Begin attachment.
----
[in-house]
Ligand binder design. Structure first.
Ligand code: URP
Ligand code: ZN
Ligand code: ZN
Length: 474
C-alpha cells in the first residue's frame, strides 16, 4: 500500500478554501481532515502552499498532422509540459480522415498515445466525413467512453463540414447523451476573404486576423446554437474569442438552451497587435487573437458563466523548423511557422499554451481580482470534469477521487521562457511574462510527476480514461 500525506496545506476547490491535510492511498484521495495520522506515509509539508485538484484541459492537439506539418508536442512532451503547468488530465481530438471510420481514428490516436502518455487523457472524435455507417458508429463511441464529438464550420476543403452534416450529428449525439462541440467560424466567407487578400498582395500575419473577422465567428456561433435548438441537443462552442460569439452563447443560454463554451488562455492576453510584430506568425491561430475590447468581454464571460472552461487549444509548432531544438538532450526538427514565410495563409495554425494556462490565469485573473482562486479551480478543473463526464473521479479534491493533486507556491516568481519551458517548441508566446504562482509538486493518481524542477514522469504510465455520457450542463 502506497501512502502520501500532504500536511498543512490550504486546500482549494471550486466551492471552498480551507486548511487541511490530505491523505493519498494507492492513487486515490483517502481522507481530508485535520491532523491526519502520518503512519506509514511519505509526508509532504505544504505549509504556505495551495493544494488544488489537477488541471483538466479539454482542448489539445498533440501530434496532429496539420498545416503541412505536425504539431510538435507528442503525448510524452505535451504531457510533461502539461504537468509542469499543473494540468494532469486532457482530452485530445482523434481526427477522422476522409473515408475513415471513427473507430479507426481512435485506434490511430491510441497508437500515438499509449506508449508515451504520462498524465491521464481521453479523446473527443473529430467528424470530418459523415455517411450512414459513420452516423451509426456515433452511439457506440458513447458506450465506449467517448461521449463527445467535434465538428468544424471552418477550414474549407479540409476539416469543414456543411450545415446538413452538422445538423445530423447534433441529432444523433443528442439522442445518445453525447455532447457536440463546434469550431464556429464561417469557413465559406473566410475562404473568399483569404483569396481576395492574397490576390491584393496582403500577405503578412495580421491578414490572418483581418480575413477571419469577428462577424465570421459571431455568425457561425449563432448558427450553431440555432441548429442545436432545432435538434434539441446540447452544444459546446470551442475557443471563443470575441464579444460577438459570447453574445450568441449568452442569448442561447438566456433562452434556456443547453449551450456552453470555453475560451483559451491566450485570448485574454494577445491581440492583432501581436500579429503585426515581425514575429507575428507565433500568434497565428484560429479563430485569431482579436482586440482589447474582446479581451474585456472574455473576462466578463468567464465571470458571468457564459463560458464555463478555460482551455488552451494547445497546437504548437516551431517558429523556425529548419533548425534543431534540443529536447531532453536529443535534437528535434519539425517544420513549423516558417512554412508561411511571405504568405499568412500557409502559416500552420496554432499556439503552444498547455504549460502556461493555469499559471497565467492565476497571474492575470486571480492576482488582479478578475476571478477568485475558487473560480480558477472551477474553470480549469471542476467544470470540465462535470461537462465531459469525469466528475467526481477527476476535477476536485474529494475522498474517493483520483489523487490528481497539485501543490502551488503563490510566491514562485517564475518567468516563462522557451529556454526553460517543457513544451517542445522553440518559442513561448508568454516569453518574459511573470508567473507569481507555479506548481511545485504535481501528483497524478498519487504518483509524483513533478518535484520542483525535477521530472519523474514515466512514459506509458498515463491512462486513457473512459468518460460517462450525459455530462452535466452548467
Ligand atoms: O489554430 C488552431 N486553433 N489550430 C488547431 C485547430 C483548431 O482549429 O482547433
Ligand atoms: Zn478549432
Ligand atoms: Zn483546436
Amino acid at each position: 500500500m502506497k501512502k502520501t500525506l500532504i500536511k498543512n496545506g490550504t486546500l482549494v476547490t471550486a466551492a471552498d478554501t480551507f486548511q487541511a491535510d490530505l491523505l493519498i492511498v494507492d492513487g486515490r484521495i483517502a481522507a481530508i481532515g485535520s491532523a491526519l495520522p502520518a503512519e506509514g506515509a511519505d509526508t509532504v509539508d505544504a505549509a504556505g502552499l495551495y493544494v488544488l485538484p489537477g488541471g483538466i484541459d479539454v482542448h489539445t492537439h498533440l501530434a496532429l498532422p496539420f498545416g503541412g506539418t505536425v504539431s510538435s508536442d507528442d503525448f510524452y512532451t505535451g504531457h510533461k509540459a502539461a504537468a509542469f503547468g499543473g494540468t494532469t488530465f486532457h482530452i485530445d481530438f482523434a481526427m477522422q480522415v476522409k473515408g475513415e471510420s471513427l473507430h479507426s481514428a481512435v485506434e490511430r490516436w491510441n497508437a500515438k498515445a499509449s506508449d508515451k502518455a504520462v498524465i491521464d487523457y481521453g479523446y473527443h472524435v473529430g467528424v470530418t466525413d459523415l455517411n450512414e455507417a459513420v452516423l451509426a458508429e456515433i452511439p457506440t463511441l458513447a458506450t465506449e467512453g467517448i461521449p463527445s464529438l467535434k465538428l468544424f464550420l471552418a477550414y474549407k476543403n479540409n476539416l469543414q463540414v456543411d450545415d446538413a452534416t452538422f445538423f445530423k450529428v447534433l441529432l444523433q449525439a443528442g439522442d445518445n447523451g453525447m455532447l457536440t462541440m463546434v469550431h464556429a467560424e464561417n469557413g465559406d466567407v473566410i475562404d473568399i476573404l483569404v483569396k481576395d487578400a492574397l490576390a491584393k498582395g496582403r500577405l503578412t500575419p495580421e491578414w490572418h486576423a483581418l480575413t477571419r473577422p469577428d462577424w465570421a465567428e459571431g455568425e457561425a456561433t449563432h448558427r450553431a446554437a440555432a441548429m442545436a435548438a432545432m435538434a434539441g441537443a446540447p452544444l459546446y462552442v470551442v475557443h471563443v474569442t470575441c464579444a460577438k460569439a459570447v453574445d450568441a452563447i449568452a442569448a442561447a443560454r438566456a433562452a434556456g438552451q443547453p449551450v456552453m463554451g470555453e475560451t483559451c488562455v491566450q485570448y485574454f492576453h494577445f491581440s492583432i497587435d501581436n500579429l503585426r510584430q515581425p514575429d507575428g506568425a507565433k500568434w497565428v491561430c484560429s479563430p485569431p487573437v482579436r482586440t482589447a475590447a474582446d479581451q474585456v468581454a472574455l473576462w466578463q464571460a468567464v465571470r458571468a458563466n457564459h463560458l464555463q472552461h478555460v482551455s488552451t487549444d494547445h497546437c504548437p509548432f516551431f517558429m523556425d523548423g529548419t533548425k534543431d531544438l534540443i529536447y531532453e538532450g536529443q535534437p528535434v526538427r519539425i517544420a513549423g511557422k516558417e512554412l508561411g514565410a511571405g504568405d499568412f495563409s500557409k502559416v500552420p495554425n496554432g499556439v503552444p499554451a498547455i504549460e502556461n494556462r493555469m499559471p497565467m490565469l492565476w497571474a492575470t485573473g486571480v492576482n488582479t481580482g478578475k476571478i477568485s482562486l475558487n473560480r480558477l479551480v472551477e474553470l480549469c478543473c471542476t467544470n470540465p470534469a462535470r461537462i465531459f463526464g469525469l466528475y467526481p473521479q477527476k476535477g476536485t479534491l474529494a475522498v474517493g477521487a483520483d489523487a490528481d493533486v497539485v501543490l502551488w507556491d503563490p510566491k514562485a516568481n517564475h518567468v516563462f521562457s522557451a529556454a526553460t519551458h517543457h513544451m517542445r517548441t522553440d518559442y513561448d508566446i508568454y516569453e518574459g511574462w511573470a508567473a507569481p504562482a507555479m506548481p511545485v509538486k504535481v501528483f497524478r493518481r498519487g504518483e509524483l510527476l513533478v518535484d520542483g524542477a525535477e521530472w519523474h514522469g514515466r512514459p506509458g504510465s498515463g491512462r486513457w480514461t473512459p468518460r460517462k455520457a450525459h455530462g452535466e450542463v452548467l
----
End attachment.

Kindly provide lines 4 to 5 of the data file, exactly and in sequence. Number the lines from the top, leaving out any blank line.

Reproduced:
Ligand code: ZN
Ligand code: ZN